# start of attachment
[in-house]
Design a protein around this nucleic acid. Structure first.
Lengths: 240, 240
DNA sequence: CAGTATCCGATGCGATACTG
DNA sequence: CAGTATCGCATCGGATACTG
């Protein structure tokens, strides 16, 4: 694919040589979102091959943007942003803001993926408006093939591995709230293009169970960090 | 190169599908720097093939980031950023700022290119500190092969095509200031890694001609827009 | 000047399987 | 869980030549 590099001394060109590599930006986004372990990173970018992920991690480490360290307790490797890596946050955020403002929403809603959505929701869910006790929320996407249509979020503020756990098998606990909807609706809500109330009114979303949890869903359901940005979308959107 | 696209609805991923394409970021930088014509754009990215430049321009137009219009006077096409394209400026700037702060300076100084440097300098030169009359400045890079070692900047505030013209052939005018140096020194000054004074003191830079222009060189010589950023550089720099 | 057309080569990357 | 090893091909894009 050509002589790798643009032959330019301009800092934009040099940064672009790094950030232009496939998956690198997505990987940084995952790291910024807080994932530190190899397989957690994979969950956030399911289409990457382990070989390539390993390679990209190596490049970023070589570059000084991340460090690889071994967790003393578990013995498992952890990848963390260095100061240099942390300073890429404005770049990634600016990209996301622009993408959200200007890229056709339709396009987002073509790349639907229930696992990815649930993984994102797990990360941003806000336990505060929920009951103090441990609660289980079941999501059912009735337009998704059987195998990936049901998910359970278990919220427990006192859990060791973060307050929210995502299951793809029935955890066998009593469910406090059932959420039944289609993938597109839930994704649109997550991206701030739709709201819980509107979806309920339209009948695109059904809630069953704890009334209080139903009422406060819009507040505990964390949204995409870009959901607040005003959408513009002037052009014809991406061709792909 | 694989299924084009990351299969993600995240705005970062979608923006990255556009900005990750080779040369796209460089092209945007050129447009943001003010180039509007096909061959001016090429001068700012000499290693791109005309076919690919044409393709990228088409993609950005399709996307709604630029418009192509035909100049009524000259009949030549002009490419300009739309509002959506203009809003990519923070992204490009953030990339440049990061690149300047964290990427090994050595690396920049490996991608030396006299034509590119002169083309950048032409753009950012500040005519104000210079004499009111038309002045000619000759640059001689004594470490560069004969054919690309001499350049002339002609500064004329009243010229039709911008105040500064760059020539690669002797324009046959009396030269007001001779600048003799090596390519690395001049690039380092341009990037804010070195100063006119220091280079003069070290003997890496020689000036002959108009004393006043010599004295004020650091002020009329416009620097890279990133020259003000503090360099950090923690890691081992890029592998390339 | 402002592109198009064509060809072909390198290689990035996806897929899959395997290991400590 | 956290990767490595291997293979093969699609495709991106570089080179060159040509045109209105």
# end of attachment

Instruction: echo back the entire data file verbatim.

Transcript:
[in-house]
Design a protein around this nucleic acid. Structure first.
Lengths: 240, 240
DNA sequence: CAGTATCCGATGCGATACTG
DNA sequence: CAGTATCGCATCGGATACTG
């Protein structure tokens, strides 16, 4: 694919040589979102091959943007942003803001993926408006093939591995709230293009169970960090 | 190169599908720097093939980031950023700022290119500190092969095509200031890694001609827009 | 000047399987 | 869980030549 590099001394060109590599930006986004372990990173970018992920991690480490360290307790490797890596946050955020403002929403809603959505929701869910006790929320996407249509979020503020756990098998606990909807609706809500109330009114979303949890869903359901940005979308959107 | 696209609805991923394409970021930088014509754009990215430049321009137009219009006077096409394209400026700037702060300076100084440097300098030169009359400045890079070692900047505030013209052939005018140096020194000054004074003191830079222009060189010589950023550089720099 | 057309080569990357 | 090893091909894009 050509002589790798643009032959330019301009800092934009040099940064672009790094950030232009496939998956690198997505990987940084995952790291910024807080994932530190190899397989957690994979969950956030399911289409990457382990070989390539390993390679990209190596490049970023070589570059000084991340460090690889071994967790003393578990013995498992952890990848963390260095100061240099942390300073890429404005770049990634600016990209996301622009993408959200200007890229056709339709396009987002073509790349639907229930696992990815649930993984994102797990990360941003806000336990505060929920009951103090441990609660289980079941999501059912009735337009998704059987195998990936049901998910359970278990919220427990006192859990060791973060307050929210995502299951793809029935955890066998009593469910406090059932959420039944289609993938597109839930994704649109997550991206701030739709709201819980509107979806309920339209009948695109059904809630069953704890009334209080139903009422406060819009507040505990964390949204995409870009959901607040005003959408513009002037052009014809991406061709792909 | 694989299924084009990351299969993600995240705005970062979608923006990255556009900005990750080779040369796209460089092209945007050129447009943001003010180039509007096909061959001016090429001068700012000499290693791109005309076919690919044409393709990228088409993609950005399709996307709604630029418009192509035909100049009524000259009949030549002009490419300009739309509002959506203009809003990519923070992204490009953030990339440049990061690149300047964290990427090994050595690396920049490996991608030396006299034509590119002169083309950048032409753009950012500040005519104000210079004499009111038309002045000619000759640059001689004594470490560069004969054919690309001499350049002339002609500064004329009243010229039709911008105040500064760059020539690669002797324009046959009396030269007001001779600048003799090596390519690395001049690039380092341009990037804010070195100063006119220091280079003069070290003997890496020689000036002959108009004393006043010599004295004020650091002020009329416009620097890279990133020259003000503090360099950090923690890691081992890029592998390339 | 402002592109198009064509060809072909390198290689990035996806897929899959395997290991400590 | 956290990767490595291997293979093969699609495709991106570089080179060159040509045109209105």